Emu Emu Society
Journal of BirdLife Australia
RESEARCH ARTICLE

Latitudinal differences in the breeding phenology of Grey Warblers covary with the relationship to the prevalence of parasitism by Shining Bronze-Cuckoos

Michael G. Anderson A E , Brian J. Gill B , James V. Briskie C , Dianne H. Brunton A and Mark E. Hauber D
+ Author Affiliations
- Author Affiliations

A Ecology, Behaviour and Conservation Group, Institute of Natural and Mathematical Sciences, Massey University, Albany Campus, Private Bag 102-904, North Shore Mail Centre, Auckland, New Zealand.

B Auckland War Memorial Museum, Private Bag 92018, Auckland, New Zealand.

C School of Biological Sciences, University of Canterbury, Private Bag 4800, Christchurch, New Zealand.

D Department of Psychology, Hunter College and the Graduate Center of the City University of New York, New York, NY 10065, USA.

E Corresponding author. Email: michaelgarethanderson@gmail.com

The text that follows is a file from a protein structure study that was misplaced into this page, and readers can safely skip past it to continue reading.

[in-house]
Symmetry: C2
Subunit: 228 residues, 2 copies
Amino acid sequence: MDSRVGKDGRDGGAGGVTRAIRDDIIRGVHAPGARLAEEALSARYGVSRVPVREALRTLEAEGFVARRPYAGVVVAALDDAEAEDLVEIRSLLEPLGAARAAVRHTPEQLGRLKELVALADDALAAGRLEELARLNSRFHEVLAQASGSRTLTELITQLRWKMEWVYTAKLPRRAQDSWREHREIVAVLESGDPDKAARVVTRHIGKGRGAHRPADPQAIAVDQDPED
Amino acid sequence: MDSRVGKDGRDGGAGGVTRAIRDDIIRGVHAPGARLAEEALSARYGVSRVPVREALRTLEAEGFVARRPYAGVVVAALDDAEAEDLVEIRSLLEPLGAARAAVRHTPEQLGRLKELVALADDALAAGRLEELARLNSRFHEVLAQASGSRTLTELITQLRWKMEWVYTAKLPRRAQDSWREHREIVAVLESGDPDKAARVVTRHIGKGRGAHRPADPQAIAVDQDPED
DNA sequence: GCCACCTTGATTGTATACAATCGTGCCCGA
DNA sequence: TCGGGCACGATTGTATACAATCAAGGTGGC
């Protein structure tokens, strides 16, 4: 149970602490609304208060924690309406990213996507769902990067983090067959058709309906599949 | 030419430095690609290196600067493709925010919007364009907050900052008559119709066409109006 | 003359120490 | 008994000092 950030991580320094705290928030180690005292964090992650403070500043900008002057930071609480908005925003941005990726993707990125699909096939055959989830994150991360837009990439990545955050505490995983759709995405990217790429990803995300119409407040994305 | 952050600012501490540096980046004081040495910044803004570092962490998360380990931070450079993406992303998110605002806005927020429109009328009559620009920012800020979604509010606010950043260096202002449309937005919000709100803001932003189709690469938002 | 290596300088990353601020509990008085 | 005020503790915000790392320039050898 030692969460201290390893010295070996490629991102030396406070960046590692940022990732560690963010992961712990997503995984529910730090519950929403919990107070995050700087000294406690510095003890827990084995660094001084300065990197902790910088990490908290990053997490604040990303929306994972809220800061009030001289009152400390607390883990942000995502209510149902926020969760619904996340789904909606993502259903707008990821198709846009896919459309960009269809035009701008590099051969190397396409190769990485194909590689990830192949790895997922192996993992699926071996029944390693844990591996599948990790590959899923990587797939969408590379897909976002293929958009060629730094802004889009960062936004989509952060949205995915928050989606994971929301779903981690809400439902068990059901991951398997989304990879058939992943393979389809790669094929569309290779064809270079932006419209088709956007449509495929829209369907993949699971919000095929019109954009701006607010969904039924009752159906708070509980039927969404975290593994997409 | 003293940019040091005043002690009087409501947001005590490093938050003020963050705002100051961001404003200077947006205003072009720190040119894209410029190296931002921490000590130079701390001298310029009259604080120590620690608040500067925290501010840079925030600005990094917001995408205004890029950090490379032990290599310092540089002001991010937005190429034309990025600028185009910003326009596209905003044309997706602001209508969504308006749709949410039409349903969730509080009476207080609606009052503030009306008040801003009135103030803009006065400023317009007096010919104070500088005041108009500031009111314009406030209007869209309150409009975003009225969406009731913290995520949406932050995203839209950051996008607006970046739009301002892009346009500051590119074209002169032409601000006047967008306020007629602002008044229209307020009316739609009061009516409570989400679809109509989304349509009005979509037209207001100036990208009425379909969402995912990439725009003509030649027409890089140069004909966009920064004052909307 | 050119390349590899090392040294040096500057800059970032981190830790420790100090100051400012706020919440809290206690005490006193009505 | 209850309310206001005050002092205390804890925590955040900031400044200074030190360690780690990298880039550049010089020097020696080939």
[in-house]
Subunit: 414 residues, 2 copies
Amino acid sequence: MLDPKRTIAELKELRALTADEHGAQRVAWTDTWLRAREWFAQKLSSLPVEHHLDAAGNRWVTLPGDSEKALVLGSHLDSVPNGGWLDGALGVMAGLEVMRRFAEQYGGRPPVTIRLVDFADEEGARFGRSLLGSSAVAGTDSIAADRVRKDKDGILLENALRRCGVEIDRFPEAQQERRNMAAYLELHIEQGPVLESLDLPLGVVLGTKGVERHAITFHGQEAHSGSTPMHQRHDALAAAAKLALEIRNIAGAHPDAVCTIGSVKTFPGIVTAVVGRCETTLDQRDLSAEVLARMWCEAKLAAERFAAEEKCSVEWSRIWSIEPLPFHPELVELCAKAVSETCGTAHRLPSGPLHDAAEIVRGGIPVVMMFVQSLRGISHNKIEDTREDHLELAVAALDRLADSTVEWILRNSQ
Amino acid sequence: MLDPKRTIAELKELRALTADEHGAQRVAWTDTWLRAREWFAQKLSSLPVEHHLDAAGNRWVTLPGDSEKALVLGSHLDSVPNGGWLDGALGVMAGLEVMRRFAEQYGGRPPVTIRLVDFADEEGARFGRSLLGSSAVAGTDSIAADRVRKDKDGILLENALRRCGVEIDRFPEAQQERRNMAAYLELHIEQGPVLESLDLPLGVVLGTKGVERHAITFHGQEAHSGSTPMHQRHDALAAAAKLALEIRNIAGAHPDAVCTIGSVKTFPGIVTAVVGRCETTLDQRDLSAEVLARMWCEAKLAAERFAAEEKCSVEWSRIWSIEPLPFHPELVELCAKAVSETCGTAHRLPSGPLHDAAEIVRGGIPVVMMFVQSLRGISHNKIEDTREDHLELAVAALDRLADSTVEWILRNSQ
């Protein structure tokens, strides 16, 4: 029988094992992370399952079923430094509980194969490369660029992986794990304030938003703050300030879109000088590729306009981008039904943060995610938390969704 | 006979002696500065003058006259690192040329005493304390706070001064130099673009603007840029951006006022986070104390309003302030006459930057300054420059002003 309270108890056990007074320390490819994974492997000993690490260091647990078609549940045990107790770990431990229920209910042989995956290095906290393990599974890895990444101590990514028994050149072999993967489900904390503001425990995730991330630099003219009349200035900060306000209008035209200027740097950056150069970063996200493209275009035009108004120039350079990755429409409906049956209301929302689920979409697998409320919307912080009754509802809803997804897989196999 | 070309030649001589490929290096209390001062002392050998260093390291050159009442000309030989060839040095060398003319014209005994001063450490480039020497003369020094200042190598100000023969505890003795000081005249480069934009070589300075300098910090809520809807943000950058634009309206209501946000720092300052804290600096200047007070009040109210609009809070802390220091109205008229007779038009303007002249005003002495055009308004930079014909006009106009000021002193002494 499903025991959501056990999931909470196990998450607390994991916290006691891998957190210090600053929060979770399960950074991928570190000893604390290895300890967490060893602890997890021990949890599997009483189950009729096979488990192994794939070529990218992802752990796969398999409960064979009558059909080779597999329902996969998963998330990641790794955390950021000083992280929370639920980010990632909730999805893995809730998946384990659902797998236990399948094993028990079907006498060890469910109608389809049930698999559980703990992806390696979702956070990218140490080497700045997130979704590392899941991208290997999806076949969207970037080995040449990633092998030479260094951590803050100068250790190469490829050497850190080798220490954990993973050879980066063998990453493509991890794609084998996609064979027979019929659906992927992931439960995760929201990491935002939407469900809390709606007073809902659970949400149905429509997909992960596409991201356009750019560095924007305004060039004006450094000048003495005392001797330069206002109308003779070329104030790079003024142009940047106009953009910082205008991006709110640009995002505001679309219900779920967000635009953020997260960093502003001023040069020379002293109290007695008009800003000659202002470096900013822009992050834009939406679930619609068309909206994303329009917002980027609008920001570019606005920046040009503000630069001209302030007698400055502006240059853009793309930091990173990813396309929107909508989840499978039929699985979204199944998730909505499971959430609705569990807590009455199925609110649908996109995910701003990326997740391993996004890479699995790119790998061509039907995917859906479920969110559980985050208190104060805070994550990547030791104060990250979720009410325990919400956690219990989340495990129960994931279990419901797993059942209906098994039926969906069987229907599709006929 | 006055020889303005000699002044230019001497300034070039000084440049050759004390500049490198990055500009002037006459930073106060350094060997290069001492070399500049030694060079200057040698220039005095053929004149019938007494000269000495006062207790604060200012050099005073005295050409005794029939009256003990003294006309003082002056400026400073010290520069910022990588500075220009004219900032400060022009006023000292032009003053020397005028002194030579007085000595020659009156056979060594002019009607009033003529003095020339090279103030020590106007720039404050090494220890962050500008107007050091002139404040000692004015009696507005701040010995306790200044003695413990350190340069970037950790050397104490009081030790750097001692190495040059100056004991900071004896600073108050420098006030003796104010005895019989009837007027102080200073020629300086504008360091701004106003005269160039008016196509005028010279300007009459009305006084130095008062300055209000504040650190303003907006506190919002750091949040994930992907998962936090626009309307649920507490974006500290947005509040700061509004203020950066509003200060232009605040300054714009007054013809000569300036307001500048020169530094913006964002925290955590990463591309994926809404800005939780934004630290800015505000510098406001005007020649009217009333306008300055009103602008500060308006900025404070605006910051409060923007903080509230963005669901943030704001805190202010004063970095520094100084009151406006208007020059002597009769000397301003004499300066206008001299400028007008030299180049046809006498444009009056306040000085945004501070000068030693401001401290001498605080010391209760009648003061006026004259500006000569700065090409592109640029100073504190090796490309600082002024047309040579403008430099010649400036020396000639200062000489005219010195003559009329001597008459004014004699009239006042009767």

Emu 113(2) 187-191 https://doi.org/10.1071/MU12086
Submitted: 24 January 2012  Accepted: 29 January 2013   Published: 7 May 2013

Abstract

Variation in the temporal patterns of nest availability through the breeding season or across the geographical range of a host is expected to be an important selection pressure shaping the breeding biology of avian brood parasites. The archipelago-wide distribution of the endemic Grey Warbler (Gerygone igata) in New Zealand, and its parasitism by the specialist Shining Bronze-Cuckoo (Chalcites lucidus), makes this a valuable system in which to study small-scale latitudinal gradients in host breeding phenology and the effects of these on the prevalence of brood parasitism. Nest records from throughout New Zealand and our study sites on both the North and South Islands indicated that, as expected, clutch-sizes were larger at higher, more southern, latitudes. Contrary to predictions, breeding began later and finished earlier, and usually involved only one brood on the North Island, compared with a longer breeding season with two broods on the South Island. Prevalence of brood parasitism covaried positively with latitude, suggesting that geographical patterns in breeding phenology of hosts may influence the prevalence of parasitism.

Additional Keywords: breeding biology, brood parasitism, Chalcites lucidus, clutch-size, Gerygone igata, latitude.


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